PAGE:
Researchers at the University of California, Davis have developed a low cost method of cleaning water and wastewater by removing microalgae and bacteria with fungal bioflocculation.
Undesirable bacteria, fungi, viruses, particulates, and other water system pollutants accumulate in swimming pools, water troughs for agricultural animals, and agricultural runoff and fisheries and can lead to broken devices as well as waterborne diseases. Current water treatment methods include chemical flocculation to join particles in easily filtered/settled flocs, chlorination to kill biological growth, desalination to remove salt, and filtration to remove particulates. However, many of these strategies require use of chemicals or high-energy processes, which increases the costs of maintaining the water quality.
Researchers at the University of California, Davis have developed a low cost method of cleaning water and wastewater by removing microalgae and bacteria with fungal bioflocculation. This novel method of using filamentous fungi pellets to remove suspended solids such as microalgae and bacteria can be used as a water and wastewater treatment method for water clarification and biomass production while aiding disinfection processes.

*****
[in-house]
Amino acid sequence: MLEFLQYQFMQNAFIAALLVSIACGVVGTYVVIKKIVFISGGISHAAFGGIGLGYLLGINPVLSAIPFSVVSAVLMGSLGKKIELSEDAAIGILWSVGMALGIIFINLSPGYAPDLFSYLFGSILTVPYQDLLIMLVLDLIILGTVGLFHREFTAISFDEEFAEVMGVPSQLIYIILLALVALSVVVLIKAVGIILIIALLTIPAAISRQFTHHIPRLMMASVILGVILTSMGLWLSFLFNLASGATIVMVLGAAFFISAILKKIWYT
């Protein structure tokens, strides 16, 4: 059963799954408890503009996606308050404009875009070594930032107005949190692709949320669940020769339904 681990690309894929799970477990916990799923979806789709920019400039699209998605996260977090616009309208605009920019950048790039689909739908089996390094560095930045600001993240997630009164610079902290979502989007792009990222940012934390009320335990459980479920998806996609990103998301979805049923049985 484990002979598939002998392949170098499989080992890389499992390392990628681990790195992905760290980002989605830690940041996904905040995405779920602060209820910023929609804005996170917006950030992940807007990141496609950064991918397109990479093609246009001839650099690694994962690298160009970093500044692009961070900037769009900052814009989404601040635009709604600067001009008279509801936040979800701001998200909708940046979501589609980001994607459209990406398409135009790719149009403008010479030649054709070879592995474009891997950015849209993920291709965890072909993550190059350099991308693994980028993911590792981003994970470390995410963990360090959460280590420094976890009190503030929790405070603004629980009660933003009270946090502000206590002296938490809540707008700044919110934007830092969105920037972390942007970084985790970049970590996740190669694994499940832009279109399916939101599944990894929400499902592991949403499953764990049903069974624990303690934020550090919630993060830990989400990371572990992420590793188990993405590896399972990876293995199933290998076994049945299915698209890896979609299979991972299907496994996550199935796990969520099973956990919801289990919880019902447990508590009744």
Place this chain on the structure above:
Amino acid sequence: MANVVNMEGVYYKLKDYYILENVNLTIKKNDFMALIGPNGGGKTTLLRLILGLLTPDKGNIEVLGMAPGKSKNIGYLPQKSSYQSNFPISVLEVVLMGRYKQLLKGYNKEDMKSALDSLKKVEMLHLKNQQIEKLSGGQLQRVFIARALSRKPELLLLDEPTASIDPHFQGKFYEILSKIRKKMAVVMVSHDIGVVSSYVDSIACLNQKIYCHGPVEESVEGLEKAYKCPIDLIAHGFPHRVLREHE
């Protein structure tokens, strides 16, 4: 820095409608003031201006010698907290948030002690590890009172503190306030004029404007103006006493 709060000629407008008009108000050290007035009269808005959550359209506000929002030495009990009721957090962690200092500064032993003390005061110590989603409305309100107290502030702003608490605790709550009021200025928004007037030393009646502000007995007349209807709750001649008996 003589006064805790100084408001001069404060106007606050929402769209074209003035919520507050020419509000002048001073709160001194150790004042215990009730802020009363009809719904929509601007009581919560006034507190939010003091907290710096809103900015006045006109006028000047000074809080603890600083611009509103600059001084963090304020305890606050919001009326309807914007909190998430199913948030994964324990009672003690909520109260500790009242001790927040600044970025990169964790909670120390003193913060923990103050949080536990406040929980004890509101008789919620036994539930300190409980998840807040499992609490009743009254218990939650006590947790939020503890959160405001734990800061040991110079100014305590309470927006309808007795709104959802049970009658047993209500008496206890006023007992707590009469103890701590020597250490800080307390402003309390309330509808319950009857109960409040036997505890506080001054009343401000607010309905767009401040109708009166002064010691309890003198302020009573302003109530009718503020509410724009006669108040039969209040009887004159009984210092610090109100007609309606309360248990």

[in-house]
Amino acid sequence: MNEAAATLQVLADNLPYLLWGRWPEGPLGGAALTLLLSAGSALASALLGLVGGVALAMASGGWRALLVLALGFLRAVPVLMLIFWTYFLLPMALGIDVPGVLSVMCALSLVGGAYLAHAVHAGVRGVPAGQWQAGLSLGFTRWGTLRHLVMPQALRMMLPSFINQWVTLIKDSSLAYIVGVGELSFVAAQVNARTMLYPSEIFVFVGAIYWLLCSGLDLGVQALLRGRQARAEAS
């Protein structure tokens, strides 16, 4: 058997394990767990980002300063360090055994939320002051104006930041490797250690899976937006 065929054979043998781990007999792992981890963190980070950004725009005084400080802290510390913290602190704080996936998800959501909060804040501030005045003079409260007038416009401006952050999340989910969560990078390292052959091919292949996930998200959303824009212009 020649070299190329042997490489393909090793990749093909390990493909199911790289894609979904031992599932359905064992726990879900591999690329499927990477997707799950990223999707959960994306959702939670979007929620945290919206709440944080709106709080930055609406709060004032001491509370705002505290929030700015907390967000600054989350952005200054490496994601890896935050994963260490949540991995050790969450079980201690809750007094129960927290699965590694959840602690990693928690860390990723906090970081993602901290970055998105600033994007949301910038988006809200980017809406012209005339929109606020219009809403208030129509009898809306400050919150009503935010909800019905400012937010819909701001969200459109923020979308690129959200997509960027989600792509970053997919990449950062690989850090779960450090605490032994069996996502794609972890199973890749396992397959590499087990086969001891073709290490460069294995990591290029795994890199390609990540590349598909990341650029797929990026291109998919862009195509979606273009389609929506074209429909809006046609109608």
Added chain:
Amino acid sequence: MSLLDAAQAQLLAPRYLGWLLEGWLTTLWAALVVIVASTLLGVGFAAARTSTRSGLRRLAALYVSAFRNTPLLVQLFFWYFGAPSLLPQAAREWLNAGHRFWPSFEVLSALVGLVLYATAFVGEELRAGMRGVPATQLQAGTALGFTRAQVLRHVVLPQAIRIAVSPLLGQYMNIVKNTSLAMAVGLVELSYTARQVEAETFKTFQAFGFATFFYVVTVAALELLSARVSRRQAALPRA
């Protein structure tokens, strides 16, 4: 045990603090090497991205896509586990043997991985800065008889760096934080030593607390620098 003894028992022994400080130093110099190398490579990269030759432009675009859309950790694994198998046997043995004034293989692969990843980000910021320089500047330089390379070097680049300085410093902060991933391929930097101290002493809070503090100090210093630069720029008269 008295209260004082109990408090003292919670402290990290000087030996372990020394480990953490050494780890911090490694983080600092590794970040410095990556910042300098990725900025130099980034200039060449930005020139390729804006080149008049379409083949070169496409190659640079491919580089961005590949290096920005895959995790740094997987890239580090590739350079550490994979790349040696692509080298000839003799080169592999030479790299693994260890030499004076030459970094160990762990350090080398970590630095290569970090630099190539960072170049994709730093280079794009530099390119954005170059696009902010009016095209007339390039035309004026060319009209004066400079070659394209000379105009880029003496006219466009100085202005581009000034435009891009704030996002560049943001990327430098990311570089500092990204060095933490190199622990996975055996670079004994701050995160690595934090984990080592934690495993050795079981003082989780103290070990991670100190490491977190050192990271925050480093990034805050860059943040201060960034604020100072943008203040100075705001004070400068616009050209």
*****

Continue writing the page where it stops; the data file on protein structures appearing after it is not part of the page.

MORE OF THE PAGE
|United States Of America||Published Application||2019-025639||08/22/2019||2017-072|
wastewater treatment, clean water, bioflocculation, filamentous fungi pellet, coarse filtration, microalgae, bacteria